In the words of former White House energy and climate change tsar, Carol Browner, the Deepwater Horizon oil spill was the worst environmental disaster the U.S. has had to face. The toll of the disaster is indeed difficult to comprehend. For nearly three months, more than four million barrels of oil leaked into the Gulf of Mexico, the equivalent of multiple Exxon Valdez spills. And as to the length of shoreline oiled, scientists at the U.S. National Oceanic and Atmospheric Administration found oil along 1,313 miles of ecologically-sensitive Gulf coast.
In the immediate wake of the Deepwater Horizon crisis, the Obama administration closed the Gulf to new drilling. Though it should be noted that for decades after the 1969 Union Oil blowout, the Gulf had been the U.S. maritime region most permissive to offshore drilling. At one point during that period, an effective offshore drilling moratorium covered up to 266 million acres in the Atlantic, Pacific, and Arctic. But closing down Gulf waters to new drilling projections wouldn’t be the only measure the Obama administration took, especially as the Minerals Management Service (MMS,) an agency of the U.S. Department of the Interior, drifted into the center of the Deepwater Horizon crisis.
Firstly, media exposés revealed an overly cozy relationship between MMS and the oil industry the agency was designed to regulate. A notable example: weeks into the crisis, MMS floated regulations intended to control the undersea pressures that threaten deepwater drilling operations. Those regulations never saw the light of day. Instead, the agency put forward language drafted for it by the oil industry’s trade group. As news reports showed, that wouldn’t be the only time. MMS, in fact, adopted 78 industry-generated standards as the basis for its regulations.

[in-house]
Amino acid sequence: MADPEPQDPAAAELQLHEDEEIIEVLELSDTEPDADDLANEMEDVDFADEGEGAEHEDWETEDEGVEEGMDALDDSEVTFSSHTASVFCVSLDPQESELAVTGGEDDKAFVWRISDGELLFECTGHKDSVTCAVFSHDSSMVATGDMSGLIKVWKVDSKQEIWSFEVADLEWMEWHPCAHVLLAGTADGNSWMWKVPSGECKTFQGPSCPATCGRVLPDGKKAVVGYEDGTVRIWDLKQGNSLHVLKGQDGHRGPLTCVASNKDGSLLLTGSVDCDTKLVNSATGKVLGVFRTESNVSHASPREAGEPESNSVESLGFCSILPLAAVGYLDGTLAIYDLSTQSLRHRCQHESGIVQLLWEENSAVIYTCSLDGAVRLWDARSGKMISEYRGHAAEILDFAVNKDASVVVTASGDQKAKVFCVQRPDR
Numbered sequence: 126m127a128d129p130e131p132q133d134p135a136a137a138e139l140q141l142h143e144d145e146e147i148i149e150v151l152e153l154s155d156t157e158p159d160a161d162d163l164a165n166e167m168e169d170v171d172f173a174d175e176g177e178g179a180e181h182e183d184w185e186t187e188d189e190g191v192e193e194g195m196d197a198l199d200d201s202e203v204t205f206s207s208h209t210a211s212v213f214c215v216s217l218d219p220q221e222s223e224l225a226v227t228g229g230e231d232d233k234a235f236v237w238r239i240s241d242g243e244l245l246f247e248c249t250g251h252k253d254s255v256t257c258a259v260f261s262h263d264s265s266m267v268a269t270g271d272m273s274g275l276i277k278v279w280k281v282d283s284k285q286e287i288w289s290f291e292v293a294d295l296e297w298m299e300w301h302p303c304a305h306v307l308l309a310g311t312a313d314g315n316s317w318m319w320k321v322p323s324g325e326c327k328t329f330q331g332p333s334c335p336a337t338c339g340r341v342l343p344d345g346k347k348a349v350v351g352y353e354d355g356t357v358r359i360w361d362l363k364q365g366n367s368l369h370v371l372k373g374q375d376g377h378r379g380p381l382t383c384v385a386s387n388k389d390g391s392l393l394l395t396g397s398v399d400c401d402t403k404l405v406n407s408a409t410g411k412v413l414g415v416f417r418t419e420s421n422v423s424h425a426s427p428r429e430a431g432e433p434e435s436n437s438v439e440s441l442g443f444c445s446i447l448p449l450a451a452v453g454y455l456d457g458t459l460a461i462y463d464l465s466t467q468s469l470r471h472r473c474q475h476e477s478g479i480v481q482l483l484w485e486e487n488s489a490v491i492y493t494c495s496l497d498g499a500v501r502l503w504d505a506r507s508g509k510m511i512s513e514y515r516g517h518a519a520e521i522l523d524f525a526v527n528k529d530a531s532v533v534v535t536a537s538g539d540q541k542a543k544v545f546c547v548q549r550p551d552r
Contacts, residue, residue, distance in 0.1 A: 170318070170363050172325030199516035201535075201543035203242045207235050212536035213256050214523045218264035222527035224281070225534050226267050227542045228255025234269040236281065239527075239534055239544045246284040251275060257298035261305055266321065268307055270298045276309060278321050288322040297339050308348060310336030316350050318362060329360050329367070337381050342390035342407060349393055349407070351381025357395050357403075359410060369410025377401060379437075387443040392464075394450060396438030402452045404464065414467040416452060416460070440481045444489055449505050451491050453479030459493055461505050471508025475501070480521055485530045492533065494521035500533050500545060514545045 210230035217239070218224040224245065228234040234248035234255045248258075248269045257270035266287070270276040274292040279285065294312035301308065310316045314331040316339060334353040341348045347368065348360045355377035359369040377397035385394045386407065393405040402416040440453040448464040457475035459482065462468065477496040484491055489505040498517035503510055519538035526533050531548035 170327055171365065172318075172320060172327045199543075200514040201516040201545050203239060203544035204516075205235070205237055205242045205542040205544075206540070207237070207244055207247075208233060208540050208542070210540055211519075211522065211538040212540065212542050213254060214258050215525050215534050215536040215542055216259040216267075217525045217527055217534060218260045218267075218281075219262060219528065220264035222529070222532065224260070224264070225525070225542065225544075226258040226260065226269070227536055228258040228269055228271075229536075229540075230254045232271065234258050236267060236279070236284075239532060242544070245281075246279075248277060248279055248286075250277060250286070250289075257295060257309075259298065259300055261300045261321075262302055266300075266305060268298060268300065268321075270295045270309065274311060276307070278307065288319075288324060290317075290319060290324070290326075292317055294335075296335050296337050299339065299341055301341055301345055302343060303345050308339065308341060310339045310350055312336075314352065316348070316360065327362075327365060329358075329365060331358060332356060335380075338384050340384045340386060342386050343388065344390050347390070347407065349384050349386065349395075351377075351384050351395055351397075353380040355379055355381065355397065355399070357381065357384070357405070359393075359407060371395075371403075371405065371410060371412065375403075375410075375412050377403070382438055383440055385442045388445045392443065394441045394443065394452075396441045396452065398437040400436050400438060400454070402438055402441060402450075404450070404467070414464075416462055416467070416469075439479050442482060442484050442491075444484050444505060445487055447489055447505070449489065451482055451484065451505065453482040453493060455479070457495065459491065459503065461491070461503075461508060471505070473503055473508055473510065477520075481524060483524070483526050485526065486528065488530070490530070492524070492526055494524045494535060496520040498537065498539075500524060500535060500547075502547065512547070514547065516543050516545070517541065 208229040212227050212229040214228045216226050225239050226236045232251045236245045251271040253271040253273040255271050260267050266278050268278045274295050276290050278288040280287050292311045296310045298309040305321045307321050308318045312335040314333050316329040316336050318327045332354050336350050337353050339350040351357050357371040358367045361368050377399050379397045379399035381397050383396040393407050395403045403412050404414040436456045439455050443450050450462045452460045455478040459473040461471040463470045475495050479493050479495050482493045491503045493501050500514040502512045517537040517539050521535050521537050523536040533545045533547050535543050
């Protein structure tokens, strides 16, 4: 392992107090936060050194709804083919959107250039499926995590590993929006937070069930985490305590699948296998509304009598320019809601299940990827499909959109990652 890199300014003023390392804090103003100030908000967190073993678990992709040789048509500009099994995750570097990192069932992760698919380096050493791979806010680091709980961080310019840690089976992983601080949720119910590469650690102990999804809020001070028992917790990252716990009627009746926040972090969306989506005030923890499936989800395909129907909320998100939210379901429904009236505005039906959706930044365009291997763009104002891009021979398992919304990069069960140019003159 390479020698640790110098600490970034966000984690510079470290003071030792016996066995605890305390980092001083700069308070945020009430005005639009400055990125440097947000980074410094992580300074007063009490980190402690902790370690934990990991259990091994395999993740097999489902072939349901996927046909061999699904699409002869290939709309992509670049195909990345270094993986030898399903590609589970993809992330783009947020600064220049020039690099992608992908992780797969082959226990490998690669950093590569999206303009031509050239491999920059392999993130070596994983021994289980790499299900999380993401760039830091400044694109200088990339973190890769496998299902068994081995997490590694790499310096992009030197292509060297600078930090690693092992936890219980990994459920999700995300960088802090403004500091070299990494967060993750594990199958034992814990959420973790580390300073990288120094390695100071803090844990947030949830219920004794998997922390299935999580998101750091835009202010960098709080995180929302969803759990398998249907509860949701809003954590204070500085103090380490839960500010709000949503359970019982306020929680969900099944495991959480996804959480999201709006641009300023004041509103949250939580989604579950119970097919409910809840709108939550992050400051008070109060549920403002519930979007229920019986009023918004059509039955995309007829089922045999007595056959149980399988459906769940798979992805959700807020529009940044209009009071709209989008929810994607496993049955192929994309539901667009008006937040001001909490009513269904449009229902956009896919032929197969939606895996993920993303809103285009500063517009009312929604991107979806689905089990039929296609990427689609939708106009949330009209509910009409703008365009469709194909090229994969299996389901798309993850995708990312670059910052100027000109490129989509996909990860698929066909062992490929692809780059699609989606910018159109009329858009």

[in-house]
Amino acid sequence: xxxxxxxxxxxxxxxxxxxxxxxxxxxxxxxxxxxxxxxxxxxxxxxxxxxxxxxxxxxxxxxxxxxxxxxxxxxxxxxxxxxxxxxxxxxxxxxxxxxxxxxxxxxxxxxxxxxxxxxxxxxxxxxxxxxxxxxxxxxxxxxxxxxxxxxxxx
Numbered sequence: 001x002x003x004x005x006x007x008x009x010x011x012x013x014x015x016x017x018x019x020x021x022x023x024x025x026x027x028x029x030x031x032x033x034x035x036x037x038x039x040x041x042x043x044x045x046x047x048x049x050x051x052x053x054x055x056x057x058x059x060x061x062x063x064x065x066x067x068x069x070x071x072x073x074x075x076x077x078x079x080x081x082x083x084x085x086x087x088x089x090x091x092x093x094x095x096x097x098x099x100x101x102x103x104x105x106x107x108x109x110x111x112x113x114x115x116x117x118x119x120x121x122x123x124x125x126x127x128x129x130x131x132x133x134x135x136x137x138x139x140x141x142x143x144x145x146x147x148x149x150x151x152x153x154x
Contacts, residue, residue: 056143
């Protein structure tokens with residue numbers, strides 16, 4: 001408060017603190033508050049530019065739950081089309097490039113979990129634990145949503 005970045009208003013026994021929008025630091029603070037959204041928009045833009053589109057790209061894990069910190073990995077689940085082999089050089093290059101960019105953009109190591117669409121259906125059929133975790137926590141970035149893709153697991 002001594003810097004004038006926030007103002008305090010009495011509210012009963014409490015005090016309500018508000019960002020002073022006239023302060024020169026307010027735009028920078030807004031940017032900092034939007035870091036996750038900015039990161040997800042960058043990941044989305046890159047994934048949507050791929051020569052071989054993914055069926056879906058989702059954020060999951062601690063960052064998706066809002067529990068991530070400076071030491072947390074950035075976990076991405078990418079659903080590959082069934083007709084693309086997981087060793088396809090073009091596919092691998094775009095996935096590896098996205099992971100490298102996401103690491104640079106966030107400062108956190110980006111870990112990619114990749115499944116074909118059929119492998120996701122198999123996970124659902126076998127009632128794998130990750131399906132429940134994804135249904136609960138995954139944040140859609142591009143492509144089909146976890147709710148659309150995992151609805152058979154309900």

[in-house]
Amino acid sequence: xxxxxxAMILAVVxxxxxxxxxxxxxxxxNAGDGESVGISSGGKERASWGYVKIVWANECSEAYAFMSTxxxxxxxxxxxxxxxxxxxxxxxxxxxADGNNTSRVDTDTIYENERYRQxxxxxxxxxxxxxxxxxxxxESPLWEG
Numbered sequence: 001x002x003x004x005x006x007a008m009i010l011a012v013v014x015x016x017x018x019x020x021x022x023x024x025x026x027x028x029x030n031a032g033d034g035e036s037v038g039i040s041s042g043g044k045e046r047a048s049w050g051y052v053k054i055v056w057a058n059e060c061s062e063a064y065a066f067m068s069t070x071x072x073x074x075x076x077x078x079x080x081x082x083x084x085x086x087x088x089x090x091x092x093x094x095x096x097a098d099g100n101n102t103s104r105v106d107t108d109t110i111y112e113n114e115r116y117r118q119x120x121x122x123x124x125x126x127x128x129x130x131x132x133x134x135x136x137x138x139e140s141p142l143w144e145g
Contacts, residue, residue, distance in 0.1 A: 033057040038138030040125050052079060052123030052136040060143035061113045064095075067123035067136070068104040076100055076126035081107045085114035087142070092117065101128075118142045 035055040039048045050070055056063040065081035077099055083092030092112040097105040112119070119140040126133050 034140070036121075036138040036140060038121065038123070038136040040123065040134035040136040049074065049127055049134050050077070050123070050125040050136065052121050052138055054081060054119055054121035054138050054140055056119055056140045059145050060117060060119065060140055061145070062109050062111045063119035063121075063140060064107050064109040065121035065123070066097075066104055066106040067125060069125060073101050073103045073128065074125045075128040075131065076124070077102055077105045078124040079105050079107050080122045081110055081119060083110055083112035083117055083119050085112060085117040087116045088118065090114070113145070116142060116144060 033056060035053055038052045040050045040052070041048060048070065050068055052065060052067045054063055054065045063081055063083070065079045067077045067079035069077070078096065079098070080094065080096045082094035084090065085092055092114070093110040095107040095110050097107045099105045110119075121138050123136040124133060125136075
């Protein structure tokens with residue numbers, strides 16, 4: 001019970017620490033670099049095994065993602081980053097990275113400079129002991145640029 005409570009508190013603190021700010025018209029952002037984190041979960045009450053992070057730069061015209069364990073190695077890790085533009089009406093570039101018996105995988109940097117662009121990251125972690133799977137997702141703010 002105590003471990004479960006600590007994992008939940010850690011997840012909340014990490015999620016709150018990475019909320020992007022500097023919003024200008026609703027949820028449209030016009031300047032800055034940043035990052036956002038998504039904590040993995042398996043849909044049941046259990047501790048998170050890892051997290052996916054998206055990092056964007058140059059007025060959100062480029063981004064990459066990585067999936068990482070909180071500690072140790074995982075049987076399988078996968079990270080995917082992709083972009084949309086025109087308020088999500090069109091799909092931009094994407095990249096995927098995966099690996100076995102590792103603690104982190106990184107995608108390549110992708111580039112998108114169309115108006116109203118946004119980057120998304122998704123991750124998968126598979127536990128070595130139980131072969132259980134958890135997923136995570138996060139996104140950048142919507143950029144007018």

Some defenders of MMS pointed to the fact that the agency lacked the technical know-how to keep up with innovation in the field, especially as oil companies pushed oil excavation farther and farther offshore. Therefore, MMS had to partner with rather than police the industry. Others turned to the seeming contradiction in the agency’s founding mission, a dual mandate to:
- Lease tracks for exploration (to oil and gas companies) and collect government revenues from those transactions. For much of its tenure, MMS was in fact the government’s second highest revenue collector, after the Internal Revenue Service.
- Regulate the industry, so as to ensure production and drilling were done in an environmentally responsible manner and safely.
The natural tension between these mandates really came to a head during the Clinton administration, when government reforms lead to cut backs and other changes at the agency – all the while oil companies ventured into deeper waters. Washington Post staff writers, Juliet Eilperin and Scott Highham described the dynamic best: “At the end of the Clinton administration, MMS itself issued a warning. In a little-noticed budget document, the agency reported in 2000 that the burgeoning number of deepwater wells had made overseeing operations in the gulf more complex. The number of companies working there had grown by 30 percent and many employees were new.”
Under pressure from critics over its handling of the crisis, the Obama administration would split up and then dissolve the MMS. We’ll never answer conclusively if the agency was doomed from the start, but we do know that though it was set up to help the nation meet its very real energy needs, MMS eventually became a partner (or steward) of industry. To learn more about the Deepwater Horizon crisis, download our public case study on the topic.
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